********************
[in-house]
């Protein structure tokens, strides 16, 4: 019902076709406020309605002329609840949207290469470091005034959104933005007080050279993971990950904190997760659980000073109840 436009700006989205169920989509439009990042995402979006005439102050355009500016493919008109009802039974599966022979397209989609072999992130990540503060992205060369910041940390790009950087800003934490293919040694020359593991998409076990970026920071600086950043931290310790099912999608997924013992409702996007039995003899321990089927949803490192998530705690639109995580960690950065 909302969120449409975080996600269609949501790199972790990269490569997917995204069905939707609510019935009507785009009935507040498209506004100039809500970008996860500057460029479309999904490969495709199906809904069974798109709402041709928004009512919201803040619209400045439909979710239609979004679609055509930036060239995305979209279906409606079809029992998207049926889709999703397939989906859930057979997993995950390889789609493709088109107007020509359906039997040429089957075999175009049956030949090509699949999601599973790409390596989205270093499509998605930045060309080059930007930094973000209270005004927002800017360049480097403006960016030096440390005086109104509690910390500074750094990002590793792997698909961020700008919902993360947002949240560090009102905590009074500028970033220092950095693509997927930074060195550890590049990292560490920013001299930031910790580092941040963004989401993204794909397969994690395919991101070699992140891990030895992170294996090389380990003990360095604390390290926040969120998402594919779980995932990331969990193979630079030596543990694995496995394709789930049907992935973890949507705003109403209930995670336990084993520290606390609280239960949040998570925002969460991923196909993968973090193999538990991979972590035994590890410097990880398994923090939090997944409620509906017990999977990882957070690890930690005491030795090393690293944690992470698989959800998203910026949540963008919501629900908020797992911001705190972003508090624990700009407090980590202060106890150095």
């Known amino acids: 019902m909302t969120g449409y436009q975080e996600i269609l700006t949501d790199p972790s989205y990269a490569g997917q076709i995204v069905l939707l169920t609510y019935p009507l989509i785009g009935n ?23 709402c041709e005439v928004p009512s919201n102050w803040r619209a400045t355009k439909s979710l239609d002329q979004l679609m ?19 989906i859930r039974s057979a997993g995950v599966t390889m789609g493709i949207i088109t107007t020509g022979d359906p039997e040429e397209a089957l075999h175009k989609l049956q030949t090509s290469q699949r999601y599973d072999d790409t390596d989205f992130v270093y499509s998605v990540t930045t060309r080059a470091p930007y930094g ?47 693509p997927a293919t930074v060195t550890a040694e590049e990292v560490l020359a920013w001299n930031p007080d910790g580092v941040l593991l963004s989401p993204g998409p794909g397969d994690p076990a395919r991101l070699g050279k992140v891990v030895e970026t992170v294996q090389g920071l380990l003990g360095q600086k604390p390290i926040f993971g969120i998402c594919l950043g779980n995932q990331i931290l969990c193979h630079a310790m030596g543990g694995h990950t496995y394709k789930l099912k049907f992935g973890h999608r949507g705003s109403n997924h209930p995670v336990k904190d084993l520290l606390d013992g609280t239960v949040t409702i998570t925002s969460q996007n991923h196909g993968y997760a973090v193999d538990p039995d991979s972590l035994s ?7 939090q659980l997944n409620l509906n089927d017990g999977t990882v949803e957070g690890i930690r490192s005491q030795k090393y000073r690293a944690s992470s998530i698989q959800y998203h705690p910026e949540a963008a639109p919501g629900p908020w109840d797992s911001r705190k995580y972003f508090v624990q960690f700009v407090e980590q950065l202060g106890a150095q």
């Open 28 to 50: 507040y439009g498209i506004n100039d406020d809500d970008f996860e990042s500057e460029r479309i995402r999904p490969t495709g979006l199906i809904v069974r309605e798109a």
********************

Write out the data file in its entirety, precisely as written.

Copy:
[in-house]
């Protein structure tokens, strides 16, 4: 019902076709406020309605002329609840949207290469470091005034959104933005007080050279993971990950904190997760659980000073109840 436009700006989205169920989509439009990042995402979006005439102050355009500016493919008109009802039974599966022979397209989609072999992130990540503060992205060369910041940390790009950087800003934490293919040694020359593991998409076990970026920071600086950043931290310790099912999608997924013992409702996007039995003899321990089927949803490192998530705690639109995580960690950065 909302969120449409975080996600269609949501790199972790990269490569997917995204069905939707609510019935009507785009009935507040498209506004100039809500970008996860500057460029479309999904490969495709199906809904069974798109709402041709928004009512919201803040619209400045439909979710239609979004679609055509930036060239995305979209279906409606079809029992998207049926889709999703397939989906859930057979997993995950390889789609493709088109107007020509359906039997040429089957075999175009049956030949090509699949999601599973790409390596989205270093499509998605930045060309080059930007930094973000209270005004927002800017360049480097403006960016030096440390005086109104509690910390500074750094990002590793792997698909961020700008919902993360947002949240560090009102905590009074500028970033220092950095693509997927930074060195550890590049990292560490920013001299930031910790580092941040963004989401993204794909397969994690395919991101070699992140891990030895992170294996090389380990003990360095604390390290926040969120998402594919779980995932990331969990193979630079030596543990694995496995394709789930049907992935973890949507705003109403209930995670336990084993520290606390609280239960949040998570925002969460991923196909993968973090193999538990991979972590035994590890410097990880398994923090939090997944409620509906017990999977990882957070690890930690005491030795090393690293944690992470698989959800998203910026949540963008919501629900908020797992911001705190972003508090624990700009407090980590202060106890150095």
């Known amino acids: 019902m909302t969120g449409y436009q975080e996600i269609l700006t949501d790199p972790s989205y990269a490569g997917q076709i995204v069905l939707l169920t609510y019935p009507l989509i785009g009935n ?23 709402c041709e005439v928004p009512s919201n102050w803040r619209a400045t355009k439909s979710l239609d002329q979004l679609m ?19 989906i859930r039974s057979a997993g995950v599966t390889m789609g493709i949207i088109t107007t020509g022979d359906p039997e040429e397209a089957l075999h175009k989609l049956q030949t090509s290469q699949r999601y599973d072999d790409t390596d989205f992130v270093y499509s998605v990540t930045t060309r080059a470091p930007y930094g ?47 693509p997927a293919t930074v060195t550890a040694e590049e990292v560490l020359a920013w001299n930031p007080d910790g580092v941040l593991l963004s989401p993204g998409p794909g397969d994690p076990a395919r991101l070699g050279k992140v891990v030895e970026t992170v294996q090389g920071l380990l003990g360095q600086k604390p390290i926040f993971g969120i998402c594919l950043g779980n995932q990331i931290l969990c193979h630079a310790m030596g543990g694995h990950t496995y394709k789930l099912k049907f992935g973890h999608r949507g705003s109403n997924h209930p995670v336990k904190d084993l520290l606390d013992g609280t239960v949040t409702i998570t925002s969460q996007n991923h196909g993968y997760a973090v193999d538990p039995d991979s972590l035994s ?7 939090q659980l997944n409620l509906n089927d017990g999977t990882v949803e957070g690890i930690r490192s005491q030795k090393y000073r690293a944690s992470s998530i698989q959800y998203h705690p910026e949540a963008a639109p919501g629900p908020w109840d797992s911001r705190k995580y972003f508090v624990q960690f700009v407090e980590q950065l202060g106890a150095q």
């Open 28 to 50: 507040y439009g498209i506004n100039d406020d809500d970008f996860e990042s500057e460029r479309i995402r999904p490969t495709g979006l199906i809904v069974r309605e798109a």